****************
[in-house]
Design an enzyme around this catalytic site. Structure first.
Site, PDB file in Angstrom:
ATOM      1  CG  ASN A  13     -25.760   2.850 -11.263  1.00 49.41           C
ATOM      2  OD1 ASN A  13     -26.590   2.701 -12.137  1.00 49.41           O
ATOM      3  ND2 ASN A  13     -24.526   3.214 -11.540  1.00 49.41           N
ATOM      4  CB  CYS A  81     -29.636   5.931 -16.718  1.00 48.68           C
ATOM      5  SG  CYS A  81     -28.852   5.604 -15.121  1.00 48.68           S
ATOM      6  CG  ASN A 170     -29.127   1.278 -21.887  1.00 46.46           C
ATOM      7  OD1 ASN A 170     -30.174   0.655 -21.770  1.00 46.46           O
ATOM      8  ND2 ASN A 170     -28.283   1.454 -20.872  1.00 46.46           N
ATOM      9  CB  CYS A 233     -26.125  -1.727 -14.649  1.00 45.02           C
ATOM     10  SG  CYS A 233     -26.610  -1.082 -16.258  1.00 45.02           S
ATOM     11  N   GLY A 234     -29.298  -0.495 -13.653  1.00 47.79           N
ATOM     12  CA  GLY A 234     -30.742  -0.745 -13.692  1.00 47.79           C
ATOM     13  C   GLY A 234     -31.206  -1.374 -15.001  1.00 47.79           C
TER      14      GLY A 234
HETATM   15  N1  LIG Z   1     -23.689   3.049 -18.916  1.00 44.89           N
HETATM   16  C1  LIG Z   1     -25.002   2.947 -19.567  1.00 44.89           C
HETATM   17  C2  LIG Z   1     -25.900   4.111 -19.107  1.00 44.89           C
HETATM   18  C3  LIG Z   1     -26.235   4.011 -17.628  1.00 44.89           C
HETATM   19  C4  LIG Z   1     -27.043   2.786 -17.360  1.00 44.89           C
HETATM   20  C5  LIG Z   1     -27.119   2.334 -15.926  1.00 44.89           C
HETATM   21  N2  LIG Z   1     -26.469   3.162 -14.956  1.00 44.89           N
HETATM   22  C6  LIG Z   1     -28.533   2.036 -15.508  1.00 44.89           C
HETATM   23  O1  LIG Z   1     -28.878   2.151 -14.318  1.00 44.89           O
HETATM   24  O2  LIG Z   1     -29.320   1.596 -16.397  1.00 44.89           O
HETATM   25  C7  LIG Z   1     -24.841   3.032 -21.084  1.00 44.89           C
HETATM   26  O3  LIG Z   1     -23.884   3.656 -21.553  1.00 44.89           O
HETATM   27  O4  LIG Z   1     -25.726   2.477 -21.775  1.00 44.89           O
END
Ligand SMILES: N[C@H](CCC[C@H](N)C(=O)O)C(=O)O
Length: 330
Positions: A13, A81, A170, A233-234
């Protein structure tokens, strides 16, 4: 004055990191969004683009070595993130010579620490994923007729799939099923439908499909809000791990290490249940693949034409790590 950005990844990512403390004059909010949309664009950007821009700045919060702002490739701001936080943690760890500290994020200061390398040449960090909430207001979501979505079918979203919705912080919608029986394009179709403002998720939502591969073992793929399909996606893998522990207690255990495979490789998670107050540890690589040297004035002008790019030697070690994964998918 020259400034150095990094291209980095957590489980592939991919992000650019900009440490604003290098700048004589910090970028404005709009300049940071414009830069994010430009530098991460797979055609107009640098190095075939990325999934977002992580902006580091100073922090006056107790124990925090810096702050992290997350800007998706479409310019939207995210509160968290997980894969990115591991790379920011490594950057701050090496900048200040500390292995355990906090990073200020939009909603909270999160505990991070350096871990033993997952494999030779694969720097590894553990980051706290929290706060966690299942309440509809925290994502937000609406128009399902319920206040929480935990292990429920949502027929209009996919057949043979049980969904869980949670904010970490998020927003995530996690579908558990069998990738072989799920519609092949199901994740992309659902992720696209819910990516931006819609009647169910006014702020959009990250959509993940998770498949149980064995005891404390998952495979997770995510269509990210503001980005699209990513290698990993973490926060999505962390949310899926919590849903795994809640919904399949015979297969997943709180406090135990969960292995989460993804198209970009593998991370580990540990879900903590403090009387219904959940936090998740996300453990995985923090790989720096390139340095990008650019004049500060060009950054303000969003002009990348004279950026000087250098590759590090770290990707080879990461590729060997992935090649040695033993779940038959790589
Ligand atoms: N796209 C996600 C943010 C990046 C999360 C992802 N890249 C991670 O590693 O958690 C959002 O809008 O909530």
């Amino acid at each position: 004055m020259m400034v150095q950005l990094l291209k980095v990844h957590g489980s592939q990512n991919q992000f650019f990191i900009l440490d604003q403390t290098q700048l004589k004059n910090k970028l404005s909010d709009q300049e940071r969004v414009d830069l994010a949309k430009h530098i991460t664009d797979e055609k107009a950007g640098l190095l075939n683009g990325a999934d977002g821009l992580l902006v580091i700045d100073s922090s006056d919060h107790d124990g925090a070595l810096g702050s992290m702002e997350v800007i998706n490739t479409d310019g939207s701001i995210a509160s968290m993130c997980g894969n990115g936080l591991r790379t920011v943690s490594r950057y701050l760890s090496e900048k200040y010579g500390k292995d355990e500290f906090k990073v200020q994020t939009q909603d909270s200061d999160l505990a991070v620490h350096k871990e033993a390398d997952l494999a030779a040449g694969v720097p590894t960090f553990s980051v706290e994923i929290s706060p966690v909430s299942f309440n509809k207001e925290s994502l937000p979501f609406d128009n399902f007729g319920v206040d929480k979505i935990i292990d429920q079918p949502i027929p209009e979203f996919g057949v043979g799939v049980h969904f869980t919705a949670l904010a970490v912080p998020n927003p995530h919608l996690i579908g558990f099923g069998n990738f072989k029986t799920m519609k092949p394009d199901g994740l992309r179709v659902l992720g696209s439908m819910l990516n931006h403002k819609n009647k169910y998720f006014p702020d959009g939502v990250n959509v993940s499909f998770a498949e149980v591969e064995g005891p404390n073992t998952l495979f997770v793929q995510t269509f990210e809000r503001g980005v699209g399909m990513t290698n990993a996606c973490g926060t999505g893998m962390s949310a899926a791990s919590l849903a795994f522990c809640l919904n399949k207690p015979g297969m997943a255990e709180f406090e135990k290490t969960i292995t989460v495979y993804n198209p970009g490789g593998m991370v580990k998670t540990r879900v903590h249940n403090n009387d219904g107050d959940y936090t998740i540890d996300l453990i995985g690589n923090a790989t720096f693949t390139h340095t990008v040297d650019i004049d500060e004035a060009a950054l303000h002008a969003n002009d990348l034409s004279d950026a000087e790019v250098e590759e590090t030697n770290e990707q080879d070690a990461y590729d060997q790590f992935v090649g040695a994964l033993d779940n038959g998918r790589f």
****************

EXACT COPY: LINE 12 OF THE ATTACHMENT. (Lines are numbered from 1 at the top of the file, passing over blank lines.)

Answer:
ATOM      9  CB  CYS A 233     -26.125  -1.727 -14.649  1.00 45.02           C